Here is how I square my table: Locate the four eccentric screws and their companion hex nuts on the sliding table. The hex nuts are on the top of the table and the eccentric screws are on the bottom of the table. Don't loosen the front right eccentric screw or hex nut. Now, loosen the other three eccentric screws. Note: When loosening or tightening the eccentric screws, use the hex nut. When adjusting the eccentric screw, hold the hex nut steady and turn the eccentric screw itself. Remember, one tightens (Hex on top of table), the other adjusts (Eccentric underneath the table). Make sure your miter fence is in place and set at the zero marking. One of the unfortunates about the miter angle markings is they are so fat. You have to determine how, once square, you will use the markings. It doesn't matter so long as you are consistent. (i.e. if you move one degree by going from the top of one mark to the top of the next mark, then always use the top of the angle markings as your reference.) Lock down the miter fence. Raise the blade as high as it will go. Place your framing square against the blade and the miter fence. Your table, having loosened the appropriate eccentric screws, will have maximum play. Put a small amount of pressure on the table pushing it toward the blade. A bungee cord is a great idea here. Holding its hex nut steady, turn the right rear eccentric screw so the framing square aligns with both the blade and the miter fence. Once there, tighten the hex nut. Note: Do not allow the eccentric screw to move any amount once you've adjusted it. You will need three hands here. One to hold the framing square steady, one to adjust the eccentric screw and the third to hold and tighten the hex. You can do it alone, though I found it easier to involve my lovely assistant (my wife). Now the two rightmost screws, one being eccentric the other being fixed, are square with the blade. Now tighten the left rear eccentric screw to minimize play yet allow the table to slide freely. Do the same with the left front screw. These two left most screws only control the grip on the base and have nothing to do with square. I like to adjust them leaving less than a 64th inch of play. That's it, your table should be square.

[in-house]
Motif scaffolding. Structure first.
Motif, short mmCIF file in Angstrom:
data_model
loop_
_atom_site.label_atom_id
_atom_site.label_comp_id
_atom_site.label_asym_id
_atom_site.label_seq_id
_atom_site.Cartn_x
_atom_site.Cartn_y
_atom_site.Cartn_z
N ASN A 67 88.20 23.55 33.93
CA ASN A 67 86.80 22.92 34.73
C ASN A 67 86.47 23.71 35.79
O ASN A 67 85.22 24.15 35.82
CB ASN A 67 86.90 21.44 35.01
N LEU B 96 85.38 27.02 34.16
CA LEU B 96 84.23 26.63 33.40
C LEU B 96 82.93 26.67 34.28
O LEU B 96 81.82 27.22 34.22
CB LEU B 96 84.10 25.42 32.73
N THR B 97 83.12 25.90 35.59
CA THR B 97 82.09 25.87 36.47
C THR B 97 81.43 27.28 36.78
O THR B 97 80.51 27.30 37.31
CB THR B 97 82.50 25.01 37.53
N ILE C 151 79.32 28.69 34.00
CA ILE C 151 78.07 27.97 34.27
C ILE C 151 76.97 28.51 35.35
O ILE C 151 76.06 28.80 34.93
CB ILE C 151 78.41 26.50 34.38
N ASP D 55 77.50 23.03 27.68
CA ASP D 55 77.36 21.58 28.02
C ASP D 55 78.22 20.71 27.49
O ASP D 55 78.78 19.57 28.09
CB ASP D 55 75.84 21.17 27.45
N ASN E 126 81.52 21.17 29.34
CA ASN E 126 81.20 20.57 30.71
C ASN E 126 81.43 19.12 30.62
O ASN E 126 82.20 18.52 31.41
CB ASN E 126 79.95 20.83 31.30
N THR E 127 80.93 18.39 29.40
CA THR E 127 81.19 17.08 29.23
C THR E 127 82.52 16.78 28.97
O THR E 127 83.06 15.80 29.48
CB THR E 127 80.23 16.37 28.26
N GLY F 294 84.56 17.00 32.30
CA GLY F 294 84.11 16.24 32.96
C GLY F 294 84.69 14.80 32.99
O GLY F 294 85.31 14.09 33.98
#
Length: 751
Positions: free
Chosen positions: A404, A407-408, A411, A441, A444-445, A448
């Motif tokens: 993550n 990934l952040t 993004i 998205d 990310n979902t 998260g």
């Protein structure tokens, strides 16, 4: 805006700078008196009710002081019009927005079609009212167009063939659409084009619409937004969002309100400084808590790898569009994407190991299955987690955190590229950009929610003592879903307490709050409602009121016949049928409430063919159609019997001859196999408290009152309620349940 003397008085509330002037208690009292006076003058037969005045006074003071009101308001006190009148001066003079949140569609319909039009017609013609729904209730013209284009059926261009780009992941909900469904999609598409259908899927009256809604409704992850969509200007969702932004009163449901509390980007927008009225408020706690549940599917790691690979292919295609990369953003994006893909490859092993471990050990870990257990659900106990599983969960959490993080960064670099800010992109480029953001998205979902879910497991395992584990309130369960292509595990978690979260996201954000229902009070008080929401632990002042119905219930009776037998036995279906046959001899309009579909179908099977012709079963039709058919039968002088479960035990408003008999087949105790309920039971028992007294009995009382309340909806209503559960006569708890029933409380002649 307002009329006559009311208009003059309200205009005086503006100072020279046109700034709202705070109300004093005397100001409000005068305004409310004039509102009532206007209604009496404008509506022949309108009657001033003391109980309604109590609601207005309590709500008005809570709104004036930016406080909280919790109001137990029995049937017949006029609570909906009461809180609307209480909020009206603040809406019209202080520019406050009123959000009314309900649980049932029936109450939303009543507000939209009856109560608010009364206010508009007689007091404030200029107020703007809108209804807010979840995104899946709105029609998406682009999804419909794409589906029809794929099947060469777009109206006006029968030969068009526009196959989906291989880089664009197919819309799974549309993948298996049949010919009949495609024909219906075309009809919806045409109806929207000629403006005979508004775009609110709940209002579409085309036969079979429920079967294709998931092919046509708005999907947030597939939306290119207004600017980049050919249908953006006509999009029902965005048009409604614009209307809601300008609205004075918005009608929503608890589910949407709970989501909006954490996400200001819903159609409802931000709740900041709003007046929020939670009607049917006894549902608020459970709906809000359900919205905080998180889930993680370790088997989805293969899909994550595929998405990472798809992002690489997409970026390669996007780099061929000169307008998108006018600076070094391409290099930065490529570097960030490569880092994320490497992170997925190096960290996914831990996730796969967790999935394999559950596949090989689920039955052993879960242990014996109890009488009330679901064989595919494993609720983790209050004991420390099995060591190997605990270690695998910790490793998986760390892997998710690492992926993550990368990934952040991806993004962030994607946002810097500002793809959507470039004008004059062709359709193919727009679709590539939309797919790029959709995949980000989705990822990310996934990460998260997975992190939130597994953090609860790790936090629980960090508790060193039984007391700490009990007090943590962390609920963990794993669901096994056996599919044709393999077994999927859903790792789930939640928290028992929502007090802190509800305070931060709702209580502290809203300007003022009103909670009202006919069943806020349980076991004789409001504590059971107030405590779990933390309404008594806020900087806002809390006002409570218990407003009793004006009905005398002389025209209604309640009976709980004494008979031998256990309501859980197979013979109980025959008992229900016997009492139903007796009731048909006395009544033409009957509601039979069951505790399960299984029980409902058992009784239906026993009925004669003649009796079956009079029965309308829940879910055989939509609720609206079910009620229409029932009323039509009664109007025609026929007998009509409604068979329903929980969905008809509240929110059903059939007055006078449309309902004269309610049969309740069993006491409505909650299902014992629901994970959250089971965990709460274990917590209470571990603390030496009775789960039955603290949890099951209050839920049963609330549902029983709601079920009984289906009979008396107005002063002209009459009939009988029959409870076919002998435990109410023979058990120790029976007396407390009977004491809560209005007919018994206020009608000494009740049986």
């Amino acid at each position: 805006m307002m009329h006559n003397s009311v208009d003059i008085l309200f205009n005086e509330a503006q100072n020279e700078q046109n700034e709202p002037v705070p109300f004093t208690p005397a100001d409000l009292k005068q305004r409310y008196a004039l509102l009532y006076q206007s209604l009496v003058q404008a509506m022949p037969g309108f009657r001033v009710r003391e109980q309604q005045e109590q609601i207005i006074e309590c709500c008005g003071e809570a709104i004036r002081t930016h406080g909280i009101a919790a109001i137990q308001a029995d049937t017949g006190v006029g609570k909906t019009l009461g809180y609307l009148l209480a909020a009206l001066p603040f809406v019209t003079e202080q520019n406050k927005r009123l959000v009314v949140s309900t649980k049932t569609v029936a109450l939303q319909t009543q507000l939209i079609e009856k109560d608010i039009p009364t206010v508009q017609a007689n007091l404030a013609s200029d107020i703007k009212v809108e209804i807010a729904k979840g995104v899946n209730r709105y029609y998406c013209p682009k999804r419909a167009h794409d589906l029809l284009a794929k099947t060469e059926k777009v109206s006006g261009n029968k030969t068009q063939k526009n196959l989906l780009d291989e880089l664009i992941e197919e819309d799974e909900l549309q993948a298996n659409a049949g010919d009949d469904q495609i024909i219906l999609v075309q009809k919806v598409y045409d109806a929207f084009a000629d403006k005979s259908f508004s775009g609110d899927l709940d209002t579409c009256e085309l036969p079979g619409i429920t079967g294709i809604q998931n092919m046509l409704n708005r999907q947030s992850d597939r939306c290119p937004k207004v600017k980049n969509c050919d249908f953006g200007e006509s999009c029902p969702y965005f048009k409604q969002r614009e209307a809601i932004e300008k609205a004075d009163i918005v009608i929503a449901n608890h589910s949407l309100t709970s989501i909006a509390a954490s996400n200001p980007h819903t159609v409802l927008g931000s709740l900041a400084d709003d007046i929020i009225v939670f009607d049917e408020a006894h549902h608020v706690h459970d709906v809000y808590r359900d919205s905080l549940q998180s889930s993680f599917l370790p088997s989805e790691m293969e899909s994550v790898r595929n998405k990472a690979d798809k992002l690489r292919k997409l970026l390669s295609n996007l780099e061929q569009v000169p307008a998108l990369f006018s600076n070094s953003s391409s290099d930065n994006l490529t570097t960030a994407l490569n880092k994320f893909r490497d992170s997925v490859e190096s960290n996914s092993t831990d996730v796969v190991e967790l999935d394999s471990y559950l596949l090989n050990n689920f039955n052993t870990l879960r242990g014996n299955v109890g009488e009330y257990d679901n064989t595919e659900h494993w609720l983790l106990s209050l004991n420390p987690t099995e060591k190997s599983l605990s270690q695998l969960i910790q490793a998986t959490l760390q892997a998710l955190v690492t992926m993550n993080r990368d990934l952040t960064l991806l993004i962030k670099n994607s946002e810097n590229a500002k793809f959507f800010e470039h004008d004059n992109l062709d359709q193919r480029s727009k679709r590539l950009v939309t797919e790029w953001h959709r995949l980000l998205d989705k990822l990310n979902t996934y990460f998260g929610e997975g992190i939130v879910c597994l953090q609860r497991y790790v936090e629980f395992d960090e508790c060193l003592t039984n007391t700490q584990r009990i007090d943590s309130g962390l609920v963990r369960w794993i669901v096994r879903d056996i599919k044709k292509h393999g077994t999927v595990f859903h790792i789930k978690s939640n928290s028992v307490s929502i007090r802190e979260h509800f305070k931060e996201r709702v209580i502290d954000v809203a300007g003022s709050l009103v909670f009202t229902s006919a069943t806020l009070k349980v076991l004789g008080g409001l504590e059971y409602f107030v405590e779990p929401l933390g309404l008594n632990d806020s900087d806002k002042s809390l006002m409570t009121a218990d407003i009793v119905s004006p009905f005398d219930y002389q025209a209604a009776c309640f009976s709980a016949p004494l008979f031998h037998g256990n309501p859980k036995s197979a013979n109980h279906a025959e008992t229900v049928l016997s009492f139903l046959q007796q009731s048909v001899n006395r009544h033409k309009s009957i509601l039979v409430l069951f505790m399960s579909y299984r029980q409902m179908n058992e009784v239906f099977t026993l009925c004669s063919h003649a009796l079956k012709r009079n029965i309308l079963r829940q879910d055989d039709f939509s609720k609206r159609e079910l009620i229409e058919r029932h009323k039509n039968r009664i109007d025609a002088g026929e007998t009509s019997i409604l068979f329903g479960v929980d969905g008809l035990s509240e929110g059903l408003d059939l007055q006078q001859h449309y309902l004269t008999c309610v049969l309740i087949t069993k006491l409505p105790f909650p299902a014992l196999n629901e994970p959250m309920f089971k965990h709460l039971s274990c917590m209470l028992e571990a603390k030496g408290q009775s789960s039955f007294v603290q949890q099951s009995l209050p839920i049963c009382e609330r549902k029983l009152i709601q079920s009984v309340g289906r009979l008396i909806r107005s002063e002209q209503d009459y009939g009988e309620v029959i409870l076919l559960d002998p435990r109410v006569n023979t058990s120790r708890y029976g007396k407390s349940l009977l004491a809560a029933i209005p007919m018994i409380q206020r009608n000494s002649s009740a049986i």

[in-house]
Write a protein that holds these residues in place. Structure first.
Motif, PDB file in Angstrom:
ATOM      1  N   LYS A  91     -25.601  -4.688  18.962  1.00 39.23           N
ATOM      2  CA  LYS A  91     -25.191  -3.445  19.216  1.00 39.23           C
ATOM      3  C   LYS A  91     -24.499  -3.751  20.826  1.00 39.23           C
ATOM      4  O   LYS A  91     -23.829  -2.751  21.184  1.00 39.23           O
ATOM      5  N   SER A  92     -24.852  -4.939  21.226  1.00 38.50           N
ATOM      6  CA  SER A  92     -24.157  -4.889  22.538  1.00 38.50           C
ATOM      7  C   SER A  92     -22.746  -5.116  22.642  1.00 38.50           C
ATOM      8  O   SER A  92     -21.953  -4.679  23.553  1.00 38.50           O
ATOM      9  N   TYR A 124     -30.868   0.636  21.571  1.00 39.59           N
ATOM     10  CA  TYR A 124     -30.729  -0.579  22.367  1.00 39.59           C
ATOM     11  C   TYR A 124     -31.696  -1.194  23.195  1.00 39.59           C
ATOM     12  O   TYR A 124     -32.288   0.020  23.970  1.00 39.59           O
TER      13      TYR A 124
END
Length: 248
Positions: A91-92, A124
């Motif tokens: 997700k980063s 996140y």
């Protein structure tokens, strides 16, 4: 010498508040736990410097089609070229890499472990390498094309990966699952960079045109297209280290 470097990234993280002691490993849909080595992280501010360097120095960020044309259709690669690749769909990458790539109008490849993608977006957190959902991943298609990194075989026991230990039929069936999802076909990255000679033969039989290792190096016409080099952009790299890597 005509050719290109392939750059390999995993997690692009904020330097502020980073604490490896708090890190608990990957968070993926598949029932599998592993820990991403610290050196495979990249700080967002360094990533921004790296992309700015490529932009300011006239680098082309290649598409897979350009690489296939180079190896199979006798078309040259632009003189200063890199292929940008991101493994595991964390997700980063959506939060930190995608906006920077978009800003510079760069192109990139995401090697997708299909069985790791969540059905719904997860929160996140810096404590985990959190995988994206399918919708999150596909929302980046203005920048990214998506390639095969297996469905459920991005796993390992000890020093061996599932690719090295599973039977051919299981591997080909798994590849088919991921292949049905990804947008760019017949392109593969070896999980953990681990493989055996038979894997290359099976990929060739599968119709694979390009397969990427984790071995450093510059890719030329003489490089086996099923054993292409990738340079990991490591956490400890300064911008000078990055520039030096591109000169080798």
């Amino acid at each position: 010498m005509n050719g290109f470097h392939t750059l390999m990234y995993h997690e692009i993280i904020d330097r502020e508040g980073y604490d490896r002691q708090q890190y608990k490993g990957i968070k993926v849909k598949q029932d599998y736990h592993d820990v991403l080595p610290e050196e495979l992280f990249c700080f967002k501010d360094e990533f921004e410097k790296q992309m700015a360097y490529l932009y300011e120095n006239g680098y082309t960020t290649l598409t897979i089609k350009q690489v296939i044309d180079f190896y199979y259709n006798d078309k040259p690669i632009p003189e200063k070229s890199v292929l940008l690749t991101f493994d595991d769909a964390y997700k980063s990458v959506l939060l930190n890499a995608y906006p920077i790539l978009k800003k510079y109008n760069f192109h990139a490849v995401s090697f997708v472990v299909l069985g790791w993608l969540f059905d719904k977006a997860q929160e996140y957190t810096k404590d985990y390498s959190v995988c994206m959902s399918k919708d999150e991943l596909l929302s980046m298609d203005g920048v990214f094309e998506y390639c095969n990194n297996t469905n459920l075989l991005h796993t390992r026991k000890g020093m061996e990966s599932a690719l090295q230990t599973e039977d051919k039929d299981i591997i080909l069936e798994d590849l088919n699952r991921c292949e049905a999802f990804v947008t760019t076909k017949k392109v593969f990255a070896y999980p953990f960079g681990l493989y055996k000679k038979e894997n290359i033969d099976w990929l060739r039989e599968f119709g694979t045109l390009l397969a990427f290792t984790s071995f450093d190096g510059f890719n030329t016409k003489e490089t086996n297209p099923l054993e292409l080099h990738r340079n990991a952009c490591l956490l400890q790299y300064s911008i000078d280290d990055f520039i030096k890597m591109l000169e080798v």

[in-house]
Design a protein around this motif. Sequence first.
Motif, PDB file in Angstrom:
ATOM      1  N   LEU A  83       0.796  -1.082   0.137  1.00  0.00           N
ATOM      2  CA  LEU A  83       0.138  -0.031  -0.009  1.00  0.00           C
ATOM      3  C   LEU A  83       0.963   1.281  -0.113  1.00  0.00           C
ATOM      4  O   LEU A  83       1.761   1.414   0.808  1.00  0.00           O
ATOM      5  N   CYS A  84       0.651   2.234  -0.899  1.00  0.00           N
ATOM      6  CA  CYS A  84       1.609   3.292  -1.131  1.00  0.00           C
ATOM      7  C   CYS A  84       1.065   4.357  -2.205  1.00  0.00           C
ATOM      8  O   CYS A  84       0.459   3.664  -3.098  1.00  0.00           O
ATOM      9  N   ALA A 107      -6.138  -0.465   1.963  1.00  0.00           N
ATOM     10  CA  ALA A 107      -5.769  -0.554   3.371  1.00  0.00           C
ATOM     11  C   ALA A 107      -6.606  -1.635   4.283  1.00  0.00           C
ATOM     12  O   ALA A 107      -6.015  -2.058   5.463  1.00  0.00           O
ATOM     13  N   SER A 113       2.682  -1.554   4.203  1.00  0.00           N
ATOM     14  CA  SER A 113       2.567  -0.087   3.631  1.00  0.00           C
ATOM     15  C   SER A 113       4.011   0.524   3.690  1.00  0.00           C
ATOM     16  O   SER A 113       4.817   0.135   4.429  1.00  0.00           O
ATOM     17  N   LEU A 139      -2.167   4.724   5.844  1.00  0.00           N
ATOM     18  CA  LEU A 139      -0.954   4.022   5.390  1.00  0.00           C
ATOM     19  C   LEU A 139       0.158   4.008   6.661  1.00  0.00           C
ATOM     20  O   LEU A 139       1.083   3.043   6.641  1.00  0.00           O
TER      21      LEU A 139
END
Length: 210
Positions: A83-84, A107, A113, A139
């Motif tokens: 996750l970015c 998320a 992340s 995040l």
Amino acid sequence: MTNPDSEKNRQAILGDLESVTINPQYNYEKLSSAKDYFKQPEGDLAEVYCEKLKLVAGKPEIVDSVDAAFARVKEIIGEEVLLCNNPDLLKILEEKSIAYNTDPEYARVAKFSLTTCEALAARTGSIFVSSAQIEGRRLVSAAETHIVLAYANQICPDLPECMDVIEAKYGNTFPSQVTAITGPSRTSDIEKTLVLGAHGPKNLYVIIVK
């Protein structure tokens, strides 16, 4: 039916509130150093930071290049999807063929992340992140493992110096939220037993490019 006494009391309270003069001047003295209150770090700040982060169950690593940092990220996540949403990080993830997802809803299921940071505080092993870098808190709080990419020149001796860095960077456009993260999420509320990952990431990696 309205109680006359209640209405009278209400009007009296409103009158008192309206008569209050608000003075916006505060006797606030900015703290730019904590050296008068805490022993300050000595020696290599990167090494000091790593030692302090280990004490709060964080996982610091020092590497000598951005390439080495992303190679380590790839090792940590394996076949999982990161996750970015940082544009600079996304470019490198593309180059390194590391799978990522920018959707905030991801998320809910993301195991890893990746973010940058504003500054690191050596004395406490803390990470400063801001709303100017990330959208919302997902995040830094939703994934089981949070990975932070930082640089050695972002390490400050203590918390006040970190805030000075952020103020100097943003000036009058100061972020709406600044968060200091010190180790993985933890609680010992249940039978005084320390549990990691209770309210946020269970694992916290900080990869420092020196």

Third align the miter fence to the blade. Note: Don't absolutely depend on the angle markings on the table under 1.25 degrees. Though squaring the table usually causes the miter fence to be square, you can still adjust the fence separately. NOTE: You can adjust the fence even if the table is not aligned. The two are mutually exclusive. You may not want to bother keeping the table perfectly square, especially if you don't use the miter angle markings that much. Besides, it's much easier to align the fence if the table is close enough. There is another eccentric screw just to the left of the miter fence. As you turn it left or right, the stop will adjust allowing you to square the fence with the blade.

    Here is how I square my miter fence: It is similar to the table procedure. Place a square against the blade and the fence. Hold the square against the middle of the blade. That will eliminate any blade movement. Move the table/fence up to the square. Ensure the eccentric locking tab is up and that the fence is against it. Holding the square against the blade, turn the miter fence's eccentric screw left or right until the fence is square with the blade. Slide the table back and forth, checking the

    fence in several positions. It should remain square. Another good check following the fence alignment is to check the miter fence for square against the rip fence. It should also be in alignment. It is important to remember, if the base is not square with the blade, nothing will be square with the blade. Always start there when checking for square or adjusting for square. This is not the easiest of processes. I've included many details so as not to be vague. But once you understand the why behind the procedure, you will be able to do it consistently and quickly. And last, but not least, practice makes perfect. Or in Ryobi's case, practice makes your SMT square.

    Original PDF Document: